By Andrew Gaydon
A discussion on Facebook commented on the brisk BrisLETS trading that happened in 2016, 2017 and 2018 (see graph).
But our trading figures for the first six months of 2019 are down, at just 13,930 Units.
Why did this drop occur? Was it the functions, or was it the people involved? What happened over the three-year period from 2016? Maybe it was Barter town or the NENA conference. I can only speculate.
Is the gift economy influencing trade?
One possibility is that the gift economy is affecting the figures. When people give things to one another, this transaction is not recorded. Yes, it’s a form of trading. But if it’s in the gift economy, then the value of the exchange is zero units, as far as BrisLETS is concerned.
When I say that a gift has 0 value, its value is actually infinite, but we can’t record that.
I continued to speculate about the value of the gift economy versus the unit economy.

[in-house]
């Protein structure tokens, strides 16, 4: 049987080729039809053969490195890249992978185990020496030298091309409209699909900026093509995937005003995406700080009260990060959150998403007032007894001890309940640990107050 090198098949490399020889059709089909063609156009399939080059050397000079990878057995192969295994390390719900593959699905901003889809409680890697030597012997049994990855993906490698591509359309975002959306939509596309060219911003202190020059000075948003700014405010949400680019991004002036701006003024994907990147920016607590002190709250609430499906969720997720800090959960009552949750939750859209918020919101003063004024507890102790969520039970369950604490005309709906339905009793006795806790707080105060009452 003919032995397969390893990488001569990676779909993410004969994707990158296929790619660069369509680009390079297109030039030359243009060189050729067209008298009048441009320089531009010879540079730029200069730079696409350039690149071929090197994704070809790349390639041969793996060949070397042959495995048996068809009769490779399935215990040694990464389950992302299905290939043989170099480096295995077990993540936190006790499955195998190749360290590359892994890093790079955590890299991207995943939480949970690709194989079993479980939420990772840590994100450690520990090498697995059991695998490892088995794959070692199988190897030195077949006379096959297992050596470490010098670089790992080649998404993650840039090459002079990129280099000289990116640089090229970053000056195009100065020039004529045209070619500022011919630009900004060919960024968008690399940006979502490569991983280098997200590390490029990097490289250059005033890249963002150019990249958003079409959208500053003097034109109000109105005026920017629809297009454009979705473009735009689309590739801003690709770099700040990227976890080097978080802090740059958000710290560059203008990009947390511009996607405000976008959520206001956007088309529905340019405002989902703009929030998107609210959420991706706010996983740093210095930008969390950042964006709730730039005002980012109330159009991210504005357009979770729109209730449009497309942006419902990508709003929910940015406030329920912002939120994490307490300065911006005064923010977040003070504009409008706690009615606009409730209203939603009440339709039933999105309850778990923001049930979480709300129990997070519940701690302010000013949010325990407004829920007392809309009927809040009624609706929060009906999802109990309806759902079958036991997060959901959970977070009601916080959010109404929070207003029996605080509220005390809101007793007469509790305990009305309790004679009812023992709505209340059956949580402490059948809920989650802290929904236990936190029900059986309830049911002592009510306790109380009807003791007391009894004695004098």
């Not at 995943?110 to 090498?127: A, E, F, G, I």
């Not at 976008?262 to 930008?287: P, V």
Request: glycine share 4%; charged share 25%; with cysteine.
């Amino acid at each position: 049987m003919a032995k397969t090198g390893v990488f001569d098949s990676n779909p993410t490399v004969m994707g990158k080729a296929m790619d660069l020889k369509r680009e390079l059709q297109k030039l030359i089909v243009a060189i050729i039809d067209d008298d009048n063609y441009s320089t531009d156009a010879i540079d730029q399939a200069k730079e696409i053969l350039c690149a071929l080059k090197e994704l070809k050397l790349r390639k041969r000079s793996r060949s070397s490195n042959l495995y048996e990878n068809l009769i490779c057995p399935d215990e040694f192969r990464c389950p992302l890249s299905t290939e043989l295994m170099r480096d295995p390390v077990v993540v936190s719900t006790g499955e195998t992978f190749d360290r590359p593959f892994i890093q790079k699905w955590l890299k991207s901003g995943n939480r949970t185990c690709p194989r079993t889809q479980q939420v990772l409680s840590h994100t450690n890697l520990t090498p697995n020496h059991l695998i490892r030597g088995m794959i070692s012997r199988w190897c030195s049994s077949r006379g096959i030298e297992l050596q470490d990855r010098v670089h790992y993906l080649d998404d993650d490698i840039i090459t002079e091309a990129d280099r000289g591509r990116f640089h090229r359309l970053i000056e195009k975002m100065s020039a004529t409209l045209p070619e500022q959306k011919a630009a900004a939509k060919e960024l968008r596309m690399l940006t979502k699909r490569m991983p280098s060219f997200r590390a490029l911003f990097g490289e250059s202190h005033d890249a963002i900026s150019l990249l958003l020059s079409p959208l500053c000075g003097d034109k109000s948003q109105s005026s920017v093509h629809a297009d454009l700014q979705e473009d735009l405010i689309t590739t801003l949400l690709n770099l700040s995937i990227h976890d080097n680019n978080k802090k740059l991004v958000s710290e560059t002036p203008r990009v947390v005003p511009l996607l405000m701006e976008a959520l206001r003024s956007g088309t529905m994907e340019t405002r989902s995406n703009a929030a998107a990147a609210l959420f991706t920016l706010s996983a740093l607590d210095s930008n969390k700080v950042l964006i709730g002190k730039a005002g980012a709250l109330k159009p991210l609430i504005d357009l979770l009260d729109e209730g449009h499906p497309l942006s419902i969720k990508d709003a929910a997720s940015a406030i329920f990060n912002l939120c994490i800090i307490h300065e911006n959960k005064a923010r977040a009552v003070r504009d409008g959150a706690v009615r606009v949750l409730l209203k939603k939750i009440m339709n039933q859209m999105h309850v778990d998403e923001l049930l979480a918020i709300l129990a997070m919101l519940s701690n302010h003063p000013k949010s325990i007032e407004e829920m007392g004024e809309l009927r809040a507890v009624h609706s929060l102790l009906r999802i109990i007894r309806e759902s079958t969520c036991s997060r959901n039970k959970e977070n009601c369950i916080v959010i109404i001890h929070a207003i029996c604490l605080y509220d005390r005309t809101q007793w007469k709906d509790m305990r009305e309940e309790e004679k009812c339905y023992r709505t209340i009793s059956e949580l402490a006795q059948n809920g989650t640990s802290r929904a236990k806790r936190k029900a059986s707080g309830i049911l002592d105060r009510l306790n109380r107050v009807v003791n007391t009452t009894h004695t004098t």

A foot in both camps
Part of the problem, I believe, is that we want to live in both universes, one of gifting and the other of putting a value on an exchange. But a conflict will arise when two people can’t agree whether an item or service should be a gift, or have some arbitrary value attributed to the trade to record the transaction.
The gift economy is OK; it’s great that people can give their time freely, and this works well with friends. When you’re exchanging things among people you have a relationship with, you aren’t really expecting a gift in return―although you probably will receive something in some way in the future, because that’s what friends do.
But I see a problem arising when you trade with a stranger. You don’t have that same trust or relationship as you enjoy with your friends. In this case a score is kept, the value is recorded somehow: in our case, in the CES system, or in the $ economy as cash or a bank account. You can then trade with other strangers using this value for goods or services that you can’t get with your friends in the gift economy.
Here’s the thing: in our exchange, we seem to be trading in both universes. Some people offer their goods and services as a free gift, and expect others to do the same.
It’s wonderful that people have time and talent to give away for free. But while those trading in the unit economy can trade in both units and gifts, those who trade solely in the gift economy can only do so with other gift-economy folks. It can become a problem for them.
Gift economy vs units economy